This month a small but notable piece of rail history goes under the hammer, and we look back on some of the connected history.

On April 14, a railway token goes up for sale with Trevanion Auctioneers, currently with an estimate of £60-£100.

The token was reputed to have been presented to Henry Richards on the occasion of the opening of the Wrexham to Ellesmere railway, he being the first passenger to book at Bangor-On-Dee, on November 2, 1895.

It is framed with a metal railway whistle modelled as a 19th century steam locomotive, measuring 46cm x 34cm overall.

To find out more details about the auction, visit

• Inspired by this piece of rail nostalgia, we revisit a piece by local historian Phil Phillips, on travelling from Wrexham to Ellesmere by rail...

THE spur from Wrexham Exchange Station to the new Central Station did not have a dramatic effect on the face of Wrexham, except perhaps from transforming the semi-rural aspect of St Mark’s church into an industrial one.

It also meant the construction of a major new bridge to cross Bradley Road. It was the construction of the Ellesmere Railway which brought great

changes to the old town of Wrexham.

The first sod of the extension to take the railway out of Wrexham to Ellesmere was cut by the Honourable Mrs George Kenyon on June 11, 1892 and was completed to Ellesmere in 1896 when it was opened by William Ewart Gladstone of Hawarden.

On the route out of Wrexham many old buildings had to be demolished. The first casualty was the former vicarage opposite Priory Street and as the railway drove relentlessly out of the town the Welsh Wesleyan (Methodist) Chapel in Brook Street fell.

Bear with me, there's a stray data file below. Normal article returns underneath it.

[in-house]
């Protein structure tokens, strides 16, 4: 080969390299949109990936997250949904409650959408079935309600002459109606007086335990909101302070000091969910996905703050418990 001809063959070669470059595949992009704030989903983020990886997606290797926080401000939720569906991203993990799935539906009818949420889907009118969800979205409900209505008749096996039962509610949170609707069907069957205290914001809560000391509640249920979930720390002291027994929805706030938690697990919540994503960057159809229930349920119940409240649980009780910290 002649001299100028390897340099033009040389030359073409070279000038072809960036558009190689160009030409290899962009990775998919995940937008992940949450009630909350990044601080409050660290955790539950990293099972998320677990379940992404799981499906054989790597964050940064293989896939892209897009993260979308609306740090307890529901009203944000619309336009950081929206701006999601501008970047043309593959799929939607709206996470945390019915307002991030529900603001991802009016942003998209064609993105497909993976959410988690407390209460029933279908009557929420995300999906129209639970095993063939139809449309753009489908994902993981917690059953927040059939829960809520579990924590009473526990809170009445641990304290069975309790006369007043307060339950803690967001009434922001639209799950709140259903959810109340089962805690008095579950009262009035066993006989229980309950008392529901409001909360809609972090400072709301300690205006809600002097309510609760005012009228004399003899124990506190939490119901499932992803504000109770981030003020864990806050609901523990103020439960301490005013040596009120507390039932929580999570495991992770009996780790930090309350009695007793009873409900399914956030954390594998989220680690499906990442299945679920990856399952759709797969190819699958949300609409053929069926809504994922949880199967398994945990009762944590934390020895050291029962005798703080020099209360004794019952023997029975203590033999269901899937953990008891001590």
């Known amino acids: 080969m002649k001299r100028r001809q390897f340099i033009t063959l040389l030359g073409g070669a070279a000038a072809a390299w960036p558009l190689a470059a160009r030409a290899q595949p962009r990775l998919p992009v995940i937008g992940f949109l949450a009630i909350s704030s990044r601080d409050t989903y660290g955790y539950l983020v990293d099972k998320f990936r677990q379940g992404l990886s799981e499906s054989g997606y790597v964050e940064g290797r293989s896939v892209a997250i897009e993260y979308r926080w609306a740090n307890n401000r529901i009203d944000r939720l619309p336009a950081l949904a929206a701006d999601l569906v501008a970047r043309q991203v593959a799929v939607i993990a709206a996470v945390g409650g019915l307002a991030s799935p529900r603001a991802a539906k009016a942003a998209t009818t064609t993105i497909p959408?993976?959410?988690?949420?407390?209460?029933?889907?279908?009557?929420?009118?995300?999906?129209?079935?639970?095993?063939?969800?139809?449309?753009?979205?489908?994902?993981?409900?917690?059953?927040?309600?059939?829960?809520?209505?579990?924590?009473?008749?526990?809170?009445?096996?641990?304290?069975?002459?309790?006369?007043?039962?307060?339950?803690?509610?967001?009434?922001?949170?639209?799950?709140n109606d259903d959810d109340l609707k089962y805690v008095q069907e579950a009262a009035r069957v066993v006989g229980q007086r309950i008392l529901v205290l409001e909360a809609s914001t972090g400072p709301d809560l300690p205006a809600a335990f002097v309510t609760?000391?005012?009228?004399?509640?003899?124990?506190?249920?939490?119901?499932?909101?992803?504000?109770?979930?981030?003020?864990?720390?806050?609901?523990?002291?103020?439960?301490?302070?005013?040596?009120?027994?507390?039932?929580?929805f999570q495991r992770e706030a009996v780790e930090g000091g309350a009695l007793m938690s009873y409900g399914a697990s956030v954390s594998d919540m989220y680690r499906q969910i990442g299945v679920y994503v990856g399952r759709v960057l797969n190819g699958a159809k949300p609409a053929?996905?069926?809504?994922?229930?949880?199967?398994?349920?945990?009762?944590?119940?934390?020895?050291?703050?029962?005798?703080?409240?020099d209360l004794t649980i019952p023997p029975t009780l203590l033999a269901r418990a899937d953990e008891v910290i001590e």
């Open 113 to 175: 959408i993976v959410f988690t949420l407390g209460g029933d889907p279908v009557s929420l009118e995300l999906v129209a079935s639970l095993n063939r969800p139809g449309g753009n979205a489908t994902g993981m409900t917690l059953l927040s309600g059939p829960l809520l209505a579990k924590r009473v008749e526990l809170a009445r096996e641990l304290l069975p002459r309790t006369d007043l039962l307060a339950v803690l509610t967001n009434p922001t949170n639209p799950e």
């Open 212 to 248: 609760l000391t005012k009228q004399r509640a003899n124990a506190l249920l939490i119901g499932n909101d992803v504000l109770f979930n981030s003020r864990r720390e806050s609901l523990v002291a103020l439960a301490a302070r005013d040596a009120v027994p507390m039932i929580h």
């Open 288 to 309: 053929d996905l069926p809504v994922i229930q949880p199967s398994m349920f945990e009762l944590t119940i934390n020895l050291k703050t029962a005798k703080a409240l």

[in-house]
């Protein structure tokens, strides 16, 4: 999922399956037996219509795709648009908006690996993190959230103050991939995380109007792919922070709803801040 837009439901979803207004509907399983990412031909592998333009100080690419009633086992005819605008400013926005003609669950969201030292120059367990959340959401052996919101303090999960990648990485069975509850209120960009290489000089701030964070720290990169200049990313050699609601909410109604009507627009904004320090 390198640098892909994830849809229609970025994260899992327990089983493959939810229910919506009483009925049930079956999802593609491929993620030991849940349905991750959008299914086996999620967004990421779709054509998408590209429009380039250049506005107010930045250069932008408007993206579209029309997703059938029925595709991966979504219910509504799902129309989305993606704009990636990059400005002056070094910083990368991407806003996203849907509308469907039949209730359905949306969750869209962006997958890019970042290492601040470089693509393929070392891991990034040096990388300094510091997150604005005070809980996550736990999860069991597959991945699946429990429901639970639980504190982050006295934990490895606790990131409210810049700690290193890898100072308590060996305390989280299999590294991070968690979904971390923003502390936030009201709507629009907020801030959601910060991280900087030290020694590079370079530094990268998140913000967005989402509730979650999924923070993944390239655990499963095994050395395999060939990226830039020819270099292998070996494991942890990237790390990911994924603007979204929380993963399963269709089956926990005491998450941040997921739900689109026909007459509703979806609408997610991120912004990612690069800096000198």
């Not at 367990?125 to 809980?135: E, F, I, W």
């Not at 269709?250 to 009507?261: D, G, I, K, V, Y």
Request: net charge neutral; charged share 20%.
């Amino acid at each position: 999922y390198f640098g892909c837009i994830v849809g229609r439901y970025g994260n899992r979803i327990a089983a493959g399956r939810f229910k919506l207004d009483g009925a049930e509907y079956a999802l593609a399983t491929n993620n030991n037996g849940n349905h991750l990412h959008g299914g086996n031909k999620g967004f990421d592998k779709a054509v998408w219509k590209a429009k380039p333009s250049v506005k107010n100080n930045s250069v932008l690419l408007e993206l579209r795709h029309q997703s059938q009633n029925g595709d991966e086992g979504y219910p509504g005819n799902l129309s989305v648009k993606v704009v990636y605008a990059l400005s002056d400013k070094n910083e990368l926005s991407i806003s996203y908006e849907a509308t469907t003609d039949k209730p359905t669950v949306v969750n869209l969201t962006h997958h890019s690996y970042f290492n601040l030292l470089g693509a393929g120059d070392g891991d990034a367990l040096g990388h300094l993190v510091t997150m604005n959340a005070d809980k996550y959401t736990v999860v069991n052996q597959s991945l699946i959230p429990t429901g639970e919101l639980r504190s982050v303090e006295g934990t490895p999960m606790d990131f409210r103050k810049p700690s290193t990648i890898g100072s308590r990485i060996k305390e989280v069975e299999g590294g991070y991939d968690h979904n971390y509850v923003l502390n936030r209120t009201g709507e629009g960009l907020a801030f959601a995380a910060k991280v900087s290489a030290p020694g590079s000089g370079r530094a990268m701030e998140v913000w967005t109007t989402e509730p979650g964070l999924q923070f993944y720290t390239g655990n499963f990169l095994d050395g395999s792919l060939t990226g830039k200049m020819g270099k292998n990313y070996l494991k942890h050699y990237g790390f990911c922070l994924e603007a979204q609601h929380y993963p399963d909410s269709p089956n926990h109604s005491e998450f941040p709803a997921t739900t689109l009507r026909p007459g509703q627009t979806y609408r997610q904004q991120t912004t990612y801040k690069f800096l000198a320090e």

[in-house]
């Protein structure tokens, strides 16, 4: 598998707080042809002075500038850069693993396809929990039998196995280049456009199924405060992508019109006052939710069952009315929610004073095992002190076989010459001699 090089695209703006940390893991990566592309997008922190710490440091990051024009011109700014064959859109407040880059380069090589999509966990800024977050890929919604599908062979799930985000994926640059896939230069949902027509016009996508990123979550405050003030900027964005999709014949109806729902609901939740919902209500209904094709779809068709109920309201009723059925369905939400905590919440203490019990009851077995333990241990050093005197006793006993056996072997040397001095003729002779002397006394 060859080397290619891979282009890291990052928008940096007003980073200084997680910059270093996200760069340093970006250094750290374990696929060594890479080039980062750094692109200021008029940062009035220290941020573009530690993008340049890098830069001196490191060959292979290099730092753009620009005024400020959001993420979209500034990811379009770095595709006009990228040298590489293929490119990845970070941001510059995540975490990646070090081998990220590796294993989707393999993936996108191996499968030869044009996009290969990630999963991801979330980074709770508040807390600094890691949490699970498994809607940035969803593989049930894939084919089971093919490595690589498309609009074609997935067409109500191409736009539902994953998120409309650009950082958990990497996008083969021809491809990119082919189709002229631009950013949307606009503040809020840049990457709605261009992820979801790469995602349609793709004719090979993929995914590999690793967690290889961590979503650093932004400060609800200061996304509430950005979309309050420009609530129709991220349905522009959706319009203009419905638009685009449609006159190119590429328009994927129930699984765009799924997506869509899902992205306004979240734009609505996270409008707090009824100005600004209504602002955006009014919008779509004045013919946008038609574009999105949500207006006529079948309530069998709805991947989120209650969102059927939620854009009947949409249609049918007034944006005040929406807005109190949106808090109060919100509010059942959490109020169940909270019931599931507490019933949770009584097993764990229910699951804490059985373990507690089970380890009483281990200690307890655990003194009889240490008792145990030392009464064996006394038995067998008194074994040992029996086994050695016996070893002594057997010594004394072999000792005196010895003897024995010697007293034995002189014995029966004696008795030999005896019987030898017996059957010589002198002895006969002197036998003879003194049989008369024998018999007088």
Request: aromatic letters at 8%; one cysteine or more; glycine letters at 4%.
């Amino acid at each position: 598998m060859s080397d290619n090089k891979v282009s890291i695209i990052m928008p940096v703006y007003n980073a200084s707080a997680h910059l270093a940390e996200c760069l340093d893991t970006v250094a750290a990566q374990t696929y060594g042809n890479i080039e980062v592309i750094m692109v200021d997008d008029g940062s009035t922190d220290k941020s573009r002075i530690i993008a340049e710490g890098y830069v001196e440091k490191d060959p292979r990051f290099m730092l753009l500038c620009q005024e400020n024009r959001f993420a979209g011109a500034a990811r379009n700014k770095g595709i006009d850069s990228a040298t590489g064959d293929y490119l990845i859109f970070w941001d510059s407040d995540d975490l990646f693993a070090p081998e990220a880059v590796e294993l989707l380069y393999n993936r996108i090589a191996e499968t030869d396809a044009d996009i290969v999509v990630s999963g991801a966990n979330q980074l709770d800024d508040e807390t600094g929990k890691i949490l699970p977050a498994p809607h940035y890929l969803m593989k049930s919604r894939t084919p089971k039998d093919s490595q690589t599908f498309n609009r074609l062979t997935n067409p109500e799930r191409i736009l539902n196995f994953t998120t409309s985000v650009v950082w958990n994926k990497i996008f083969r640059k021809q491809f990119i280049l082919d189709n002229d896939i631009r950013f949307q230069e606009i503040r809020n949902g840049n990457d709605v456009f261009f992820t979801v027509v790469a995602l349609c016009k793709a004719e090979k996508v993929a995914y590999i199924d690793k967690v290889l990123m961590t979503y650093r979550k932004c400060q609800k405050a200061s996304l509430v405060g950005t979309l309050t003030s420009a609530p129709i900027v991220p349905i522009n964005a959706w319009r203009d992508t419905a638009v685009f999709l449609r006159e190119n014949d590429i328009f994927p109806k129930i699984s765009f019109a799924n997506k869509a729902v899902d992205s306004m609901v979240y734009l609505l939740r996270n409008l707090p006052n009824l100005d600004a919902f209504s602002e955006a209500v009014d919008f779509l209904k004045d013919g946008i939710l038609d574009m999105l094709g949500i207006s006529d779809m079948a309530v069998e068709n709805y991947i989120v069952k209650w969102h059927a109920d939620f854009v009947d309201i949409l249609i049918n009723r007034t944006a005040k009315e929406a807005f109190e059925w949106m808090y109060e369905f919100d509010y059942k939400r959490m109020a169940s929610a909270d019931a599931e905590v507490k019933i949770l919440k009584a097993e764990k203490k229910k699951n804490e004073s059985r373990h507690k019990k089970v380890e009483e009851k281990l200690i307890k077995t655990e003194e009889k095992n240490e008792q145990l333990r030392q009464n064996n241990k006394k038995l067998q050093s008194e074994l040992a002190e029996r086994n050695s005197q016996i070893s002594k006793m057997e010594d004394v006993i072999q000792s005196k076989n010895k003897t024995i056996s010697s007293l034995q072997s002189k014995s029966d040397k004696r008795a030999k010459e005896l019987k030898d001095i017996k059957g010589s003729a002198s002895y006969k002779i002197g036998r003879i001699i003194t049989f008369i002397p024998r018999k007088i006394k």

The congregation moved to a new building, Jerusalem, in Egerton Street which itself was demolished in 1970. The most famous casualty was The Mount, the second largest house in the town after Bryn-y-Ffynnon. The new railway, later to be called the Cambrian railway, meant that the town well had to be resited in the new viaduct.

The passenger service to Ellesmere ended in 1962, however a freight service continued for some years afterwards but then the track was taken up from Ellesmere as far as King’s Mills, this last stretch being left to serve Rubery Owen and the brickyard at Abenbury.

This last section was taken up in the early 1980s. Although the track was barely 12 miles long, it touched upon three counties, Denbighshire, Flintshire and Shropshire.

The service is remembered with affection as the link between the two towns as it chuffed on its way through Hightown, Marchwiel, Sesswick, Pickhill, Bangor, Cloy, Overton, Trench, Elson and finally Ellesmere.

The evocative picture is of the train about to leave Wrexham central on its way to Ellesmere.

To the left is, I believe, its first bridge, Vicarage Hill and its second, Town Hill. Next stop, Hightown Halt.